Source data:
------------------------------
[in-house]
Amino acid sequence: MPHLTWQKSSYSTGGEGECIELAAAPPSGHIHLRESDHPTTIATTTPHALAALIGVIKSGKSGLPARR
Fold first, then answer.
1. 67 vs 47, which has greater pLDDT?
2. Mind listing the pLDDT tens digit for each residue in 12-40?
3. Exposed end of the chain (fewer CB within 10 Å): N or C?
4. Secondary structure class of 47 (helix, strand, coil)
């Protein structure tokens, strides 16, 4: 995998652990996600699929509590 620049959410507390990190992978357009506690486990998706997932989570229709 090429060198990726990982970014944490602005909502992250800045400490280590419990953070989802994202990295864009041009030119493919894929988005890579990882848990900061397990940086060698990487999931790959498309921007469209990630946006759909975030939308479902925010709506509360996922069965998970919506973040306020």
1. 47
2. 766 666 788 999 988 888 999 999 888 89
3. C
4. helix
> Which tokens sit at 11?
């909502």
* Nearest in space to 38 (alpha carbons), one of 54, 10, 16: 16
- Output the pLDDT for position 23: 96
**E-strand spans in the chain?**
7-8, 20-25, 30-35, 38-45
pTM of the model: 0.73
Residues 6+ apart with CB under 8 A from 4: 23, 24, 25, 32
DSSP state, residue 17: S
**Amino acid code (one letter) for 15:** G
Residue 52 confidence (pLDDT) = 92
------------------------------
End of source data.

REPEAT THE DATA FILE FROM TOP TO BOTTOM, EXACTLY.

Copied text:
[in-house]
Amino acid sequence: MPHLTWQKSSYSTGGEGECIELAAAPPSGHIHLRESDHPTTIATTTPHALAALIGVIKSGKSGLPARR
Fold first, then answer.
1. 67 vs 47, which has greater pLDDT?
2. Mind listing the pLDDT tens digit for each residue in 12-40?
3. Exposed end of the chain (fewer CB within 10 Å): N or C?
4. Secondary structure class of 47 (helix, strand, coil)
């Protein structure tokens, strides 16, 4: 995998652990996600699929509590 620049959410507390990190992978357009506690486990998706997932989570229709 090429060198990726990982970014944490602005909502992250800045400490280590419990953070989802994202990295864009041009030119493919894929988005890579990882848990900061397990940086060698990487999931790959498309921007469209990630946006759909975030939308479902925010709506509360996922069965998970919506973040306020």
1. 47
2. 766 666 788 999 988 888 999 999 888 89
3. C
4. helix
> Which tokens sit at 11?
């909502």
* Nearest in space to 38 (alpha carbons), one of 54, 10, 16: 16
- Output the pLDDT for position 23: 96
**E-strand spans in the chain?**
7-8, 20-25, 30-35, 38-45
pTM of the model: 0.73
Residues 6+ apart with CB under 8 A from 4: 23, 24, 25, 32
DSSP state, residue 17: S
**Amino acid code (one letter) for 15:** G
Residue 52 confidence (pLDDT) = 92